O magnify the Lord with me,
    and let us exalt his name together.

I sought the Lord, and he answered me,
    and delivered me from all my fears.
Look to him, and be radiant;
    so your faces shall never be ashamed.
This poor soul cried, and was heard by the Lord,
    and was saved from every trouble.
The angel of the Lord encamps
    around those who fear him, and delivers them.
O taste and see that the Lord is good;
    happy are those who take refuge in him.
O fear the Lord, you his holy ones,
    for those who fear him have no want.
10 The young lions suffer want and hunger,
    but those who seek the Lord lack no good thing.

22 The Lord redeems the life of his servants;
    none of those who take refuge in him will be condemned.

There is a strong current in the Bible, vocally represented in the traditions that promoted the idea of Yahweh as not only supreme among the gods but as the only god there is (monotheism), which regards everything that happens as directly caused or allowed by the divine will. When things go well for us, this doctrine poses no problem at all. But when adversity comes and bereavement leaves us reeling in its wake, the connection between God and our experience is much harder to discern – and much easier to doubt.

We can use the familiar Western “centers of consciousness” as a way of analyzing this conundrum, picturing God as like us in possessing a mind (knowledge), a heart (passion), and a will (action). When it comes to human suffering, then, perhaps God

  1. knows about it, but doesn’t really care and refuses to help.
  2. doesn’t know about it, and would care if the information was provided (suggesting the importance of prayer).
  3. doesn’t know, and wouldn’t care even if He did.
  4. does know and certainly cares, but is afflicting or allowing the suffering so that something else can be realized (such as humility, repentance, patience, fortitude, or wisdom in the sufferer).

As you can see, the first three explanations make God into something “less than God” in the classical sense of an all-knowing, all-loving, and all-powerful authority over human affairs. The deities of other mythologies might demonstrate less-than-perfect qualities, but the unqualified monotheism of the Bible (Judaism and Christianity) and Quran (Islam) has traditionally forced believers to look for God’s hand (active/passive will) in our suffering and loss.

Another response might be to suggest that God names a mystery we cannot understand. Perhaps there isn’t a supreme being calling the shots or letting things slide. Maybe suffering is just part of the burden of existence – neither a punishment for sin or a strategy for our salvation. Sometimes it follows fairly predictably on our own poor choices, as the immediate or delayed consequence of what we are doing to ourselves, each other, and to our planet. Often, however, it defies explanation (even a theological one) and the best we can do is meet suffering with a grounded presence, mindfulness, and grace.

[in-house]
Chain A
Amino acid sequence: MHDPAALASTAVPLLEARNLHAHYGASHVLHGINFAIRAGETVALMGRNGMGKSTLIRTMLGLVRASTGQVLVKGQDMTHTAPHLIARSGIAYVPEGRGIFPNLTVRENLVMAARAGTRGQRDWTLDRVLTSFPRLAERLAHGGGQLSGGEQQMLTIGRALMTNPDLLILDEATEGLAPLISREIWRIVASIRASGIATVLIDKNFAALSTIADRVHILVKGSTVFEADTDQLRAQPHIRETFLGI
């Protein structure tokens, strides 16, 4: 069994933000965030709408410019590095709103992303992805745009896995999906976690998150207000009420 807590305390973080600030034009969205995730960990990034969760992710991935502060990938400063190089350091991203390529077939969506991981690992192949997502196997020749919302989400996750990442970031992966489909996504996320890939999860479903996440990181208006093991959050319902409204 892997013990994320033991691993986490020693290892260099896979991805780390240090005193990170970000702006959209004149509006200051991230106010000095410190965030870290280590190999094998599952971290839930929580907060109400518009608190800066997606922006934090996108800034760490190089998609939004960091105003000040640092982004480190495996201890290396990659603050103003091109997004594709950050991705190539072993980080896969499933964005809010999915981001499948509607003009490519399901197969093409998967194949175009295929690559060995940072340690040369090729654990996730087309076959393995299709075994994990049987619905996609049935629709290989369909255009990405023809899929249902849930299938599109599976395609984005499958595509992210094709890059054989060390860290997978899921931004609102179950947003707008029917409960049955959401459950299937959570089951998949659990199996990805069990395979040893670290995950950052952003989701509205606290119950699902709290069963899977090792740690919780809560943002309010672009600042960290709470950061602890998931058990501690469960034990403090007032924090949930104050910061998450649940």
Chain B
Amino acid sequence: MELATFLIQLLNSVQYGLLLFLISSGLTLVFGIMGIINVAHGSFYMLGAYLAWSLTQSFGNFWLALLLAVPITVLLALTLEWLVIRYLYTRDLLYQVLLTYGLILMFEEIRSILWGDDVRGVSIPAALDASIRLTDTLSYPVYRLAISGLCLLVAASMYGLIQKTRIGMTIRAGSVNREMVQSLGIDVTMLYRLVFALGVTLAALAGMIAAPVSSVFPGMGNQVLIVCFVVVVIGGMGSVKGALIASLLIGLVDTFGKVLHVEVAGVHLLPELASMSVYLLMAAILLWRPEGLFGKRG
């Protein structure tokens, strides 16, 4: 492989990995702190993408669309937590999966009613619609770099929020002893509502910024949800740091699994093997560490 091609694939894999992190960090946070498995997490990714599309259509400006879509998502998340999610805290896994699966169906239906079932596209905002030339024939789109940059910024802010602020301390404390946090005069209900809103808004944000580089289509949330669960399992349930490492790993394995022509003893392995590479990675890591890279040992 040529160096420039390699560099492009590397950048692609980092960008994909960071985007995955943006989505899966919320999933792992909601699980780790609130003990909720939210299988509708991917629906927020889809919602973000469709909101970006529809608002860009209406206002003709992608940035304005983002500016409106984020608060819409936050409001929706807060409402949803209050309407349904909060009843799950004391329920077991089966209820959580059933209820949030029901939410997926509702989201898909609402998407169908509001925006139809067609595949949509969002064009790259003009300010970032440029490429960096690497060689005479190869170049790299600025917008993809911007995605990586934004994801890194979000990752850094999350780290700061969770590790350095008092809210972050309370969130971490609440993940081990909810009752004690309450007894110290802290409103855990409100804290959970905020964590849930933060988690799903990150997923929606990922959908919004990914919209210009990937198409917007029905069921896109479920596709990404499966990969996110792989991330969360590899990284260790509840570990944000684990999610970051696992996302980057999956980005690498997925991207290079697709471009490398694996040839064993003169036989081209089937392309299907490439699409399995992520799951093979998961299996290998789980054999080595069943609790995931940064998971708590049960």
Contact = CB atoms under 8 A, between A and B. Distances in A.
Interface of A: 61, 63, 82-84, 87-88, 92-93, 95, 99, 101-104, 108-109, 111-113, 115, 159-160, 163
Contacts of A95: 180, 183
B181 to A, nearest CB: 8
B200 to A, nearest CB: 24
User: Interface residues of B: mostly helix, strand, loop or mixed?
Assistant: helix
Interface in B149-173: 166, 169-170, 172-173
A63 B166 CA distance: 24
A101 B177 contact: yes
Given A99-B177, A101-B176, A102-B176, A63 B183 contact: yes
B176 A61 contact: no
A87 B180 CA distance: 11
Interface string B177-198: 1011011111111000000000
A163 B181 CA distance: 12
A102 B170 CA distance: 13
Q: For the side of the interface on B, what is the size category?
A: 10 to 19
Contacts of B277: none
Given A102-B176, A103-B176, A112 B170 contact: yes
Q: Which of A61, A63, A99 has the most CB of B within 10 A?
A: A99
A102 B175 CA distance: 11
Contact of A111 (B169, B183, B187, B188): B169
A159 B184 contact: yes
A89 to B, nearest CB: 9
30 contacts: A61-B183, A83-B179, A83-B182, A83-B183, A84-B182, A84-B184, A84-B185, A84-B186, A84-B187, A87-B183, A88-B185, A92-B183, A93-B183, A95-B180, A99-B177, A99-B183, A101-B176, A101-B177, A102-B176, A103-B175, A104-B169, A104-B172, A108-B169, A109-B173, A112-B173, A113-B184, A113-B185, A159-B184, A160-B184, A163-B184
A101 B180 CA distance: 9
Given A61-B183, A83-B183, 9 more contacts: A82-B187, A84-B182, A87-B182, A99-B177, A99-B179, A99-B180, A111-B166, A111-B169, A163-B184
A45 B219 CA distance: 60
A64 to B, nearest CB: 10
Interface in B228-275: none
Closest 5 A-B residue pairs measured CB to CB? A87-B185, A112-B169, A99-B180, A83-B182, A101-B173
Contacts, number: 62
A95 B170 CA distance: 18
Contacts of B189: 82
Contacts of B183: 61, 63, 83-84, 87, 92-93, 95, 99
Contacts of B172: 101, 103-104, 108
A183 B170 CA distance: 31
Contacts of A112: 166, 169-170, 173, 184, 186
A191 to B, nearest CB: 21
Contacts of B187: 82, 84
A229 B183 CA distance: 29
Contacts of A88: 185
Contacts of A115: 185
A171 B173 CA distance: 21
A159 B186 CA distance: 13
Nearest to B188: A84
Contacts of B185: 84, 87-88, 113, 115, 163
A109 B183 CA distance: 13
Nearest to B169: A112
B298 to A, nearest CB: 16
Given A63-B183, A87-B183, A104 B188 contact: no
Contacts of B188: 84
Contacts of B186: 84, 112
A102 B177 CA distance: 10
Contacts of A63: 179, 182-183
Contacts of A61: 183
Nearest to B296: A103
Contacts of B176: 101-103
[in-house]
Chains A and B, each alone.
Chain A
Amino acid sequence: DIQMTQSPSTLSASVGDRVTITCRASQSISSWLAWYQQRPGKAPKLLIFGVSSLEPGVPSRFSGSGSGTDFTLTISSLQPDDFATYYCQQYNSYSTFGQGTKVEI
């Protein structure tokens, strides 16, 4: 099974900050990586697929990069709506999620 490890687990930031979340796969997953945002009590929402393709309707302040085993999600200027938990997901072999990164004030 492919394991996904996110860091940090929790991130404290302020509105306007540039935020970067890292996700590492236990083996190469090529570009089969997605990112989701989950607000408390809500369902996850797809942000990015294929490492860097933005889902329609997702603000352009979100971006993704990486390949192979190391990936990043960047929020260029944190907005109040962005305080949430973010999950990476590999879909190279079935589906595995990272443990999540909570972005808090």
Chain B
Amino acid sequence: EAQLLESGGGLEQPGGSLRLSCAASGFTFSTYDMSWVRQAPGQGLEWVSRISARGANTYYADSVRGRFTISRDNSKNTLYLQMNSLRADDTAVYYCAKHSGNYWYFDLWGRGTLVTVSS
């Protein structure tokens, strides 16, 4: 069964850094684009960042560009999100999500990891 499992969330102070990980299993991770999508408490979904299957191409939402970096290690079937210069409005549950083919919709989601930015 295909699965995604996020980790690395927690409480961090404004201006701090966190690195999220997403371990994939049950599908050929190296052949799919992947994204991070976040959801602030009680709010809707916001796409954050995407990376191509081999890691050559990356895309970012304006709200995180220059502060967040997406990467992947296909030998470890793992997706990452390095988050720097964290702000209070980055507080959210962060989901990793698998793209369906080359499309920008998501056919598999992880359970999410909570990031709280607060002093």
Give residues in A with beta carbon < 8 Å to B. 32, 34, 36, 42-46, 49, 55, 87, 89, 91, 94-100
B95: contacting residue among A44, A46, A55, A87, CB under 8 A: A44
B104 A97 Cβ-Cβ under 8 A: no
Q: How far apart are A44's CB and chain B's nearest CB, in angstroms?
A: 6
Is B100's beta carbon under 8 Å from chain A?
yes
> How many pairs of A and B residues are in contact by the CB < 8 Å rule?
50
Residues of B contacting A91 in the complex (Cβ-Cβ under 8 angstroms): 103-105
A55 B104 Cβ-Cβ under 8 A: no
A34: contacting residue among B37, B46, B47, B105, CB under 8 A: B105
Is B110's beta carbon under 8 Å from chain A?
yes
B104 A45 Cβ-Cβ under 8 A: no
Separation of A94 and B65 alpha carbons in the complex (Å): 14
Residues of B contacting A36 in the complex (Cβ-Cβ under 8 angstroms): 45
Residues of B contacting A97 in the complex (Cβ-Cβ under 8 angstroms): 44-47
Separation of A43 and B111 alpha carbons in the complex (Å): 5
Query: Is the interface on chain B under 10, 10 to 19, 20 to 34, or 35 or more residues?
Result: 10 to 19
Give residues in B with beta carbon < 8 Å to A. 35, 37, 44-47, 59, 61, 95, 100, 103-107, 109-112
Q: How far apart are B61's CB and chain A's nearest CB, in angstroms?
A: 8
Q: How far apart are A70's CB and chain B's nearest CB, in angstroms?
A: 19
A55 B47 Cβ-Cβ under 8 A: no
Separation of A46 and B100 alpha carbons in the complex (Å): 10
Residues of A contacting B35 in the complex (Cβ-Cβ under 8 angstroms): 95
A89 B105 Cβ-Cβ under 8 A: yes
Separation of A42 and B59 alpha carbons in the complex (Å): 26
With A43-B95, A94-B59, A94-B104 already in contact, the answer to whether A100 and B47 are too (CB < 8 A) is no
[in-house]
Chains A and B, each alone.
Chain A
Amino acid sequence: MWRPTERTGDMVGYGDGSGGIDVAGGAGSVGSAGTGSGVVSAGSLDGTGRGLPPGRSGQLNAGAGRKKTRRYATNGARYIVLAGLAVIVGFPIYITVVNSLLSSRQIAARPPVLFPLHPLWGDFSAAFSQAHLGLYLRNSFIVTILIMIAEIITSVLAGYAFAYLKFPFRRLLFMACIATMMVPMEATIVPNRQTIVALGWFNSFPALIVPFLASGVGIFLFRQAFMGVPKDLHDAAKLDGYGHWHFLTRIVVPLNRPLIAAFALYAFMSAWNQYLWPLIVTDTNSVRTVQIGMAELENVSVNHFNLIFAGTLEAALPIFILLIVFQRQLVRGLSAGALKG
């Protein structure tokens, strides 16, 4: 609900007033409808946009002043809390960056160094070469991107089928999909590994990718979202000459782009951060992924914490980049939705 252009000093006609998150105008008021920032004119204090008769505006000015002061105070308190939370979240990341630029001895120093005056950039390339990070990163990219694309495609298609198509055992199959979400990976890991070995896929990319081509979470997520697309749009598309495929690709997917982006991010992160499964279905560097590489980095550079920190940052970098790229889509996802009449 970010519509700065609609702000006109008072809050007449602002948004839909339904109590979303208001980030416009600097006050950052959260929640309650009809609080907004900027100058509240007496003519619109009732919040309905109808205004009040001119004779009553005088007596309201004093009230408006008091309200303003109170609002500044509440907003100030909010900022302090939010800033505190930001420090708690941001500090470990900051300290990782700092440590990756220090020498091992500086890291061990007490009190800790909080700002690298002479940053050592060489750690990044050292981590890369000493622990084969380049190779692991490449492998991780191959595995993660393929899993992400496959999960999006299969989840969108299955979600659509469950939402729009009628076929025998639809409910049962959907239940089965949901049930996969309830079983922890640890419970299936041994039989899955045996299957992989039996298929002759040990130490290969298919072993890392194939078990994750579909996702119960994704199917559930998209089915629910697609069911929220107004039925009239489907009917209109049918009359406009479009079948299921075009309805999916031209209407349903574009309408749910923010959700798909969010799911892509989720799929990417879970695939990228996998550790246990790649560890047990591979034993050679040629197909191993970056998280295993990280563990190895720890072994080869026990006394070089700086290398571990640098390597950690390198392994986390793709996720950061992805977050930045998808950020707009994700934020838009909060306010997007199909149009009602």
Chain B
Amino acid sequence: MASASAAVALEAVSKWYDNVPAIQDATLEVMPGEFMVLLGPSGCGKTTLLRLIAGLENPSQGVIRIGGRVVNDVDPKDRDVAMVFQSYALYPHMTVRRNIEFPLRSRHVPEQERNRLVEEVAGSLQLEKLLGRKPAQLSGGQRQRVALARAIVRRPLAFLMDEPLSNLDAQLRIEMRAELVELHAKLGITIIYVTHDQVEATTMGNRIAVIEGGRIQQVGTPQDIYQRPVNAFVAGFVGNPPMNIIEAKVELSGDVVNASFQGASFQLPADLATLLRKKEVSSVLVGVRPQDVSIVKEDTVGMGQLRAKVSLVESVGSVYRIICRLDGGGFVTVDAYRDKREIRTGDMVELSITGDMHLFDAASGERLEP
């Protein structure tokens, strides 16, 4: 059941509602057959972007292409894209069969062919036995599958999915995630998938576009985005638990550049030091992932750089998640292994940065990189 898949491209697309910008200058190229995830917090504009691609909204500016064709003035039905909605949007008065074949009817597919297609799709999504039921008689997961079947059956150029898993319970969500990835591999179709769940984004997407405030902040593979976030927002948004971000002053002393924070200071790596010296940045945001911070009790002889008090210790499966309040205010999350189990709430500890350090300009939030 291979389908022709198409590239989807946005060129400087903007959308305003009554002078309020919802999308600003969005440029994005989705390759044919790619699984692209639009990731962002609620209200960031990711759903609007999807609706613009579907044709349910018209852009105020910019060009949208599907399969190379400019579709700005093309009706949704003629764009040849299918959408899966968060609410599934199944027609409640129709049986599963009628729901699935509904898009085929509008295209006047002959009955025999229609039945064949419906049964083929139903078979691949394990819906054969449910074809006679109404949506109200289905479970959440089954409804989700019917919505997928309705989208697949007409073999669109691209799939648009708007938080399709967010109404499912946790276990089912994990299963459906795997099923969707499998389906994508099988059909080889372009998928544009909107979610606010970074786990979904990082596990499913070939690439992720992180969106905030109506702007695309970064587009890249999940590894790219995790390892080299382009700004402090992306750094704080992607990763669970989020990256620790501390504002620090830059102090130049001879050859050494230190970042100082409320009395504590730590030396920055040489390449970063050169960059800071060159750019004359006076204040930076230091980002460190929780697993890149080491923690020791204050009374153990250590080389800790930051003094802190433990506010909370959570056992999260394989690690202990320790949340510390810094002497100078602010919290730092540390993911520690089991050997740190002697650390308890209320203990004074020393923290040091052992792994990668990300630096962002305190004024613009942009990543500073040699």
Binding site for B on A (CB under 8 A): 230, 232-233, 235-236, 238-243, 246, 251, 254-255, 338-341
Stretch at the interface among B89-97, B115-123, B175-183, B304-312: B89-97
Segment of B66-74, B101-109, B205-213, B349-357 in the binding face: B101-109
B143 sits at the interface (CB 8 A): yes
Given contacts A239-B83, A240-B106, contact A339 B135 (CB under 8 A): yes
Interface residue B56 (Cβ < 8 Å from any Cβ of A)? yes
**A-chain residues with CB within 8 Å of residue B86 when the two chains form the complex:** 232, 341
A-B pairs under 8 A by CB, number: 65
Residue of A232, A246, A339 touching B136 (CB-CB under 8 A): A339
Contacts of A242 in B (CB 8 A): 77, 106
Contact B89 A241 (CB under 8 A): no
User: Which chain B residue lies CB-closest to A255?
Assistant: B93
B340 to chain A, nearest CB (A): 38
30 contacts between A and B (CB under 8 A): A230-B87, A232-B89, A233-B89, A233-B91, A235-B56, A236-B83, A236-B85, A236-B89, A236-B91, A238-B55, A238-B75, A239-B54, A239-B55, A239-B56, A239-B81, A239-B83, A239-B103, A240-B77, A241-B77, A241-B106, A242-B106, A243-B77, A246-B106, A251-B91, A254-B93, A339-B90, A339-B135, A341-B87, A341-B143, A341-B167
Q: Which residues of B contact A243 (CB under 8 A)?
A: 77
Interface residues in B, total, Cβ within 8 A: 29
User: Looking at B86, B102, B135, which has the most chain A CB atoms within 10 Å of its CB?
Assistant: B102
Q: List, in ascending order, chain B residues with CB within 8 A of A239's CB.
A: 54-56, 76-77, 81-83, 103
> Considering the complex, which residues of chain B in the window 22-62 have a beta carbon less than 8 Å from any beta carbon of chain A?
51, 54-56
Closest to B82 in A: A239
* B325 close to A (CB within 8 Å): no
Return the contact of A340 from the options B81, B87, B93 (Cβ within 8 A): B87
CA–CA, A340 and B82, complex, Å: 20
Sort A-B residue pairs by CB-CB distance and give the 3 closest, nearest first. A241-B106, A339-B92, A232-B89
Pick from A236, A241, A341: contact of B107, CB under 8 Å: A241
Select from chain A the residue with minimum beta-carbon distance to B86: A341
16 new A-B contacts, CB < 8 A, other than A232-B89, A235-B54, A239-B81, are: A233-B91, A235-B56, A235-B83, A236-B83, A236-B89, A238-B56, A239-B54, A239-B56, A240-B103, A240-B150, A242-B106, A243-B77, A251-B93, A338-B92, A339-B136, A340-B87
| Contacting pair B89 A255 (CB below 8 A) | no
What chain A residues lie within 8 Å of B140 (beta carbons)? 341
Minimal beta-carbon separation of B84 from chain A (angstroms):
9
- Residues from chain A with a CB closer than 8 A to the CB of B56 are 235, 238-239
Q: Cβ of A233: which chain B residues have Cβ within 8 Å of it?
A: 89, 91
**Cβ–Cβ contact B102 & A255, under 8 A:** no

PSALM 31:9-16

9 Be gracious to me, O Lord, for I am in distress;
    my eye wastes away from grief,
    my soul and body also.
10 For my life is spent with sorrow,
    and my years with sighing;
my strength fails because of my misery,
    and my bones waste away.

11 I am the scorn of all my adversaries,
    a horror to my neighbors,
an object of dread to my acquaintances;
    those who see me in the street flee from me.
12 I have passed out of mind like one who is dead;
    I have become like a broken vessel.
13 For I hear the whispering of many—
    terror all around!—
as they scheme together against me,
    as they plot to take my life.

14 But I trust in you, O Lord;
    I say, “You are my God.”
15 My times are in your hand;
    deliver me from the hand of my enemies and persecutors.
16 Let your face shine upon your servant;
    save me in your steadfast love.

Along the course of spiritual development a neophyte becomes a “true believer,” where the questions of faith are gradually resolved and replaced with the answers of doctrine. The searching question of God gives way to orthodox theories about God. An open and curious mind gradually closes down on certainties.

When you are taught that God loves you, watches out for you, and will intervene on your behalf in times of trouble, the naive expectation is that God will come through. But what happens when he doesn’t? Is it that God doesn’t see your suffering? Is he watching but just doesn’t care? Could it be that God is aware of your suffering and desperately wants to help you, but is limited in his power to do so? Such are the new questions that stretch and threaten the definitions of orthodoxy.

One way of “saving God” – or saving your concept of God – is to take responsibility for his silence or absence. Perhaps you don’t deserve God’s help. Maybe you’ve done something to disqualify yourself from divine favor. What if God is punishing you with this ordeal, for a sin you have conveniently forgotten? Or it might be that your faith is not what it needs to be and God is actually subjecting you to this pain or loss in order to make you stronger.

And so on.

But the evolutionary arc leading from neophyte to true believer doesn’t end there, without a significant amount of what might be called spiritual frustration where the soul’s journey to fulfillment is stymied and cut short of its intended goal. Beyond the “true believer” stance of religious commitment and doctrinal certainty is the mystical experience. In that place, on the other side of truth as it were, there is no theological possessive such as might prompt the soul to say, “You are my God.”

In the experience of divine presence, this moment is enough. There is nothing else.